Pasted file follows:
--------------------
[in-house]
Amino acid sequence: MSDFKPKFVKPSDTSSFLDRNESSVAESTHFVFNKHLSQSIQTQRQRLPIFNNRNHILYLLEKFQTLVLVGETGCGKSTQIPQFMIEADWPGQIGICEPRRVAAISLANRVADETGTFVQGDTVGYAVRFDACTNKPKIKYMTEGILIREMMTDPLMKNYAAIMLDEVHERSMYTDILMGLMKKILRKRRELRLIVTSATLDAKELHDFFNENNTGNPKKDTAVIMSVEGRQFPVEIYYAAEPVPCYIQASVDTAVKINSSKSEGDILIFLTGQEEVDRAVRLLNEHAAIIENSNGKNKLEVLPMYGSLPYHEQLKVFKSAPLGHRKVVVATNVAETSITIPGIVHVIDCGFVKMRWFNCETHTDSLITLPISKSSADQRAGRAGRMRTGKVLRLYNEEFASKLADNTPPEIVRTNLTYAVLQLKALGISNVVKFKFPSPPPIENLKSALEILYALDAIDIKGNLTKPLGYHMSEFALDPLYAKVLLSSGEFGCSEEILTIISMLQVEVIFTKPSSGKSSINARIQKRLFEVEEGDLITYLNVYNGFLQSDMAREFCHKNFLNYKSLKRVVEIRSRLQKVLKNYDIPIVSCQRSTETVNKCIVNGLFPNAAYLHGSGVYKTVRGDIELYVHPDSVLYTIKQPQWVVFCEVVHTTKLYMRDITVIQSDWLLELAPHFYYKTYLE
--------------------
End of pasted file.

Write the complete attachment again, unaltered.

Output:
[in-house]
Amino acid sequence: MSDFKPKFVKPSDTSSFLDRNESSVAESTHFVFNKHLSQSIQTQRQRLPIFNNRNHILYLLEKFQTLVLVGETGCGKSTQIPQFMIEADWPGQIGICEPRRVAAISLANRVADETGTFVQGDTVGYAVRFDACTNKPKIKYMTEGILIREMMTDPLMKNYAAIMLDEVHERSMYTDILMGLMKKILRKRRELRLIVTSATLDAKELHDFFNENNTGNPKKDTAVIMSVEGRQFPVEIYYAAEPVPCYIQASVDTAVKINSSKSEGDILIFLTGQEEVDRAVRLLNEHAAIIENSNGKNKLEVLPMYGSLPYHEQLKVFKSAPLGHRKVVVATNVAETSITIPGIVHVIDCGFVKMRWFNCETHTDSLITLPISKSSADQRAGRAGRMRTGKVLRLYNEEFASKLADNTPPEIVRTNLTYAVLQLKALGISNVVKFKFPSPPPIENLKSALEILYALDAIDIKGNLTKPLGYHMSEFALDPLYAKVLLSSGEFGCSEEILTIISMLQVEVIFTKPSSGKSSINARIQKRLFEVEEGDLITYLNVYNGFLQSDMAREFCHKNFLNYKSLKRVVEIRSRLQKVLKNYDIPIVSCQRSTETVNKCIVNGLFPNAAYLHGSGVYKTVRGDIELYVHPDSVLYTIKQPQWVVFCEVVHTTKLYMRDITVIQSDWLLELAPHFYYKTYLE